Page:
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Evaluation of allelopathic potential of safflower genotypes (Carthamus tinctorius L.)

Marzieh Motamedi, Hassan Karimmojeni*, Fatemeh Ghorbani Sini

Department of Agronomy and Plant Breeding, College of Agriculture, Isfahan University of Technology, Isfahan, 84156-8311, Iran

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Received: April 10, 2016
Accepted: October 13, 2016

Abstract: Forty safflower genotypes were grown under normal irrigation and drought stress. In the first experiment, the allelopathic potential of shoot residues was evaluated using the sandwich method. Each genotype residue (0.4 g) was placed in a sterile Petri dish and two layers of agar were poured on that. Radish seeds were placed on agar medium. The radish seeds were cultivated without safflower residues as the controls. The length of the radicle, hypocotyl, and fresh biomass weight and seed germination percentages were measured. A pot experiment was also done on two genotypes with the highest and two with the lowest allelopathic activity selected after screening genotypes in the first experiment. Before entering the reproductive phase, irrigation treatments (normal irrigation and drought stress) were applied. Shoots were harvested, dried, milled and mixed with the topsoil of new pots and then radish seeds were sown. The pots with safflower genotypes were used to evaluate the effect of root residue allelopathy. The shoot length, fresh biomass weight, and germination percentage were measured. Different safflower genotypes showed varied allelopathic potential. The results of the first experiment showed that Egypt and Iran-Khorasan genotypes caused maximum inhibitory responses and Australia and Iran-Kerman genotypes resulted in minimum inhibitory responses on radish seedling growth. Fresh biomass weight had the most sensitivity to safflower residues. The results of the pot experiment were consistent with the results of in vitro experiments. Residues produced under drought stress had more inhibitory effects on the measured traits. Safflower root residue may have a higher level of allelochemicals or different allelochemicals than shoot residue.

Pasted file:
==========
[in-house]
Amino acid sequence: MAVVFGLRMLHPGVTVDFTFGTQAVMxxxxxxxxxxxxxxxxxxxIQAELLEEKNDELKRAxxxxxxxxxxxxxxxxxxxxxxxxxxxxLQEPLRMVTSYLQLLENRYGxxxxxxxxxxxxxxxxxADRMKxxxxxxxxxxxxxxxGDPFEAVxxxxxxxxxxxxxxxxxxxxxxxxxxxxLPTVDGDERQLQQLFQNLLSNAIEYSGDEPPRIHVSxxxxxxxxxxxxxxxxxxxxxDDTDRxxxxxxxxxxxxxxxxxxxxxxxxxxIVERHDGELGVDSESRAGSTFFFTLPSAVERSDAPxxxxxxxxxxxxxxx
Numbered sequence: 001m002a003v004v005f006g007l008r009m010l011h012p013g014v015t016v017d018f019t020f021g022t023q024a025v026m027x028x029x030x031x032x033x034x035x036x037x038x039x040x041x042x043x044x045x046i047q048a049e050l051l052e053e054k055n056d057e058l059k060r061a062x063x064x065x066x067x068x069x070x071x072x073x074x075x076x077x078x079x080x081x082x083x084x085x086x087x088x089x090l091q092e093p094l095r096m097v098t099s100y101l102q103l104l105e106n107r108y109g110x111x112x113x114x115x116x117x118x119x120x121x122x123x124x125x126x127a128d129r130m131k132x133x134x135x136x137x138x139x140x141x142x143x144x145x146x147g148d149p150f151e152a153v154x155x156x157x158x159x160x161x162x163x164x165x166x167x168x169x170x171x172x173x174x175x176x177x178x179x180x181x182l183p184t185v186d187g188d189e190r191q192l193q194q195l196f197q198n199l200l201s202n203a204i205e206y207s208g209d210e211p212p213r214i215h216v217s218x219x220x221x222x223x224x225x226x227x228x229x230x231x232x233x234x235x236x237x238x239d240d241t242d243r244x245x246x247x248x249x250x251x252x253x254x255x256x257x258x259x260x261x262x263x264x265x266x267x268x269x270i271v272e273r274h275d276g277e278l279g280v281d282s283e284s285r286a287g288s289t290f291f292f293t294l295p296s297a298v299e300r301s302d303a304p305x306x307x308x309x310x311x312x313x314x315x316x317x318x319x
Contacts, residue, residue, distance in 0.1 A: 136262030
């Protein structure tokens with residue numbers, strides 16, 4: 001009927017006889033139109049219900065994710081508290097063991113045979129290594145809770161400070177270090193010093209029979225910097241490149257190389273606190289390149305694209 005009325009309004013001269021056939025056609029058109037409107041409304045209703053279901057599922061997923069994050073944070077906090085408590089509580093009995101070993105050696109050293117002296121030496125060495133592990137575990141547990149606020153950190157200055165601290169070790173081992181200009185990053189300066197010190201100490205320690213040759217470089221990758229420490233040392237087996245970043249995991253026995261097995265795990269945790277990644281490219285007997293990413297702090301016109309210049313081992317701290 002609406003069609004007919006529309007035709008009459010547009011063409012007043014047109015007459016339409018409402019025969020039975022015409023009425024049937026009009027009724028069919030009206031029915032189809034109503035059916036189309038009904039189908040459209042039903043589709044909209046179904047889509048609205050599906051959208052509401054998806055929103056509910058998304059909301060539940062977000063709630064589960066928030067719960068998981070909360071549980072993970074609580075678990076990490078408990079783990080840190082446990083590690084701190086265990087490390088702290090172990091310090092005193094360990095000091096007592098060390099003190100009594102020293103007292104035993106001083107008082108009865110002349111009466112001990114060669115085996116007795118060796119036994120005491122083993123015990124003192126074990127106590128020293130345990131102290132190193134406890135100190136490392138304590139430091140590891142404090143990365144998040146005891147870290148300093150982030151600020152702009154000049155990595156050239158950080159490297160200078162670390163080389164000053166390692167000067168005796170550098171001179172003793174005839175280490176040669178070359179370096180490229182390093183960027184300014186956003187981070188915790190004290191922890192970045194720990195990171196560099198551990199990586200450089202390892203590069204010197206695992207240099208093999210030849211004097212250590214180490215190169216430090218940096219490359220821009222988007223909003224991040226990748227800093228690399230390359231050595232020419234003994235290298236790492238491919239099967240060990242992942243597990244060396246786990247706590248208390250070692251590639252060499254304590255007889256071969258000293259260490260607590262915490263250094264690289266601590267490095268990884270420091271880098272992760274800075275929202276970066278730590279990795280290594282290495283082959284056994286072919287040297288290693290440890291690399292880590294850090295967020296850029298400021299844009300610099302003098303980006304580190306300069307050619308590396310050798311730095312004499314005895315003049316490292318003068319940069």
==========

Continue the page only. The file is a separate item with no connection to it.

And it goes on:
Key words: allelopathy, drought stress, sandwich method, safflower, radish

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